Tucked away on a triangular corner just south of the skyscrapers and high-rises of downtown Minneapolis is the iconic landmark, the Band Box Diner. Rich with history and Art Deco flair, this quaint little dining car is as nostalgic as it is emblematic, similar to its unofficial counterpart Mickey’s Dining Car over in the Twin City of St. Paul. It’s a classic local haunt, one that harkens back a simper era of mom-and-pop diners and American muscle cars.
The Band Box Diner dates back to the 1930’s, when it was opened by Harry Wyman and his wife Bert in 1939. This is about the time the Art Deco movement was in full swing. A popular neighborhood diner, the chain grew to 15 Band Box Diners by 1950, all in Minneapolis, and one in the northern suburb of Columbia Heights. This was also the same time that big-box, prefabricated restaurant chains such as White Castle and McDonalds were popping up due to their convenience for those working in the city. Band Box got its name from the boxes that hatmakers used to store hand-made hats and collars.
Over the years, Band Box retained its popularity as a neighborhood lunch counter. It is said that old timers remember local gangsters running numbers and playing cards out of a booth in the back. It’s not a big place by any means, just a stainless steel counter (where the cook is visible only a few feet away) and a handful of tables. It operates year-round, even during the cold winter months like when I photographed it last January (above). The menu has changed very little over the years, with standard fare such as hamburgers, fries, and breakfast items being the most popular numbers.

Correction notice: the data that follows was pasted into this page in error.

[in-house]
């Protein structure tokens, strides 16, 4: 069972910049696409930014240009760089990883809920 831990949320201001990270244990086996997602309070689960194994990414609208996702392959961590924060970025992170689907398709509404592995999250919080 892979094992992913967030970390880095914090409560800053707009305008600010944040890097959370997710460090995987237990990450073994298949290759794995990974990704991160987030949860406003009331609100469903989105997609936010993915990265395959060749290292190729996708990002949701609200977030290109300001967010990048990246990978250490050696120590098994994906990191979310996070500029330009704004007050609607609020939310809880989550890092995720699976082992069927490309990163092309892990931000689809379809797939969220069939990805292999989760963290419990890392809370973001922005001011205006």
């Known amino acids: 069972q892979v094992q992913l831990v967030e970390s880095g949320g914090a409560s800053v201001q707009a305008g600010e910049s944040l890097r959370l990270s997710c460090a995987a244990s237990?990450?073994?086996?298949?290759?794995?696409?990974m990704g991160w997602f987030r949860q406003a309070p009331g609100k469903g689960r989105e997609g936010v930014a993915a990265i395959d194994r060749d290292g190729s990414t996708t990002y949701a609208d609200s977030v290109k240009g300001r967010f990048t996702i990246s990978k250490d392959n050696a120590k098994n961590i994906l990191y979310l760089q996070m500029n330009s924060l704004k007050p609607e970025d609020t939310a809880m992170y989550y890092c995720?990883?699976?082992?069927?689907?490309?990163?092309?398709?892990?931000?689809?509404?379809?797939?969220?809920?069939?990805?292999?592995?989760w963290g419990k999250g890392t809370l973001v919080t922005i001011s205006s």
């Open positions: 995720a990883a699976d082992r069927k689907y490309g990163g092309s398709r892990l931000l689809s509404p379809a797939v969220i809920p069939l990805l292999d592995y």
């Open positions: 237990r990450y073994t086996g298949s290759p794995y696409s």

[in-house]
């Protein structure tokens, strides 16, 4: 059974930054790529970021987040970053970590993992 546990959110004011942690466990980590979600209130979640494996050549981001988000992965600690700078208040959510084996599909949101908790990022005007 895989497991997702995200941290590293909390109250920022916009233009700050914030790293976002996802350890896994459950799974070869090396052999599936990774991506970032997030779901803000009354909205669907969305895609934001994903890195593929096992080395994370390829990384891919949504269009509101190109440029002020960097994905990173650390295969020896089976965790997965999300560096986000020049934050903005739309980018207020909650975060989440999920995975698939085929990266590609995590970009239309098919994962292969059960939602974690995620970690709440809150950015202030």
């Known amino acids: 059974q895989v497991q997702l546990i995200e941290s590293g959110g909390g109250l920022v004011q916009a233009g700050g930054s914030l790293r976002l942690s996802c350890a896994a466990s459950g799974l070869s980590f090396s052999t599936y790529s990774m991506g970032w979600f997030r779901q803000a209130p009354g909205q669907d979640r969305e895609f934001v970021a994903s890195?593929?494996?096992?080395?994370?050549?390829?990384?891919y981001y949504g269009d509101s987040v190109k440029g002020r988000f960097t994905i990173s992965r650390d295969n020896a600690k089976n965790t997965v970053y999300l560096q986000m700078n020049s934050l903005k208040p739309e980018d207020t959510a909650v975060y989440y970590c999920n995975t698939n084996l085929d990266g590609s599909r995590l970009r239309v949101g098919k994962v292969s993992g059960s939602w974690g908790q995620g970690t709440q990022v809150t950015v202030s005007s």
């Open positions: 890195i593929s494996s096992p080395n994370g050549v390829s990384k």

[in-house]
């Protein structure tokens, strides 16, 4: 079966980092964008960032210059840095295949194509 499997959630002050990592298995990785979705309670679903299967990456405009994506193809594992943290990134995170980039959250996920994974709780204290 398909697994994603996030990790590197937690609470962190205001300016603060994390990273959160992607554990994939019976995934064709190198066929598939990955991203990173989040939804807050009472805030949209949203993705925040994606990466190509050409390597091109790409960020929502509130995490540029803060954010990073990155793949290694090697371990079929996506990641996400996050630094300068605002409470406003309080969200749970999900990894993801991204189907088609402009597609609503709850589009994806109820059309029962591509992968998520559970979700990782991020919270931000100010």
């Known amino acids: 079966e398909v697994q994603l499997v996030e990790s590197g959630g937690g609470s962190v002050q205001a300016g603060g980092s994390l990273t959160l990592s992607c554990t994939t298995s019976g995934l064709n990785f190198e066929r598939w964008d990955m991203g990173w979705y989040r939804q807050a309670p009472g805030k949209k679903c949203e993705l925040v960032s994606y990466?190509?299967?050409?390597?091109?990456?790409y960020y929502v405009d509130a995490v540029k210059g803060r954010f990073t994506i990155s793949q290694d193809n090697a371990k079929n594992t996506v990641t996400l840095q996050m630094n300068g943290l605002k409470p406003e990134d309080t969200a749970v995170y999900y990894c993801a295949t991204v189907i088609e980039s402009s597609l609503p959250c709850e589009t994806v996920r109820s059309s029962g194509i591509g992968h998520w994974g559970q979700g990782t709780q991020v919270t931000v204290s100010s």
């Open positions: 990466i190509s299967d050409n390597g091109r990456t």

The Band Box Diner in the Elliot Park neighborhood is the last remaining store in a once-thriving chain of pure Americana. The roadside diner is a retro American Classic, along with roadside motels, dive bars, and rock and roll music. There is something special about taking a seat at the counter and ordering up classics like coffee and an omelette, or a coke and a cheeseburger, that will never change, no matter how much our surroundings do.
While in the area: There are lots of hidden gems to discover in downtown Minneapolis besides the obvious theaters, shopping, sports, and restaurants. Check out the Rockmen at Government Plaza or Ray Crump’s Baseball Hall of Fame, only a few blocks away.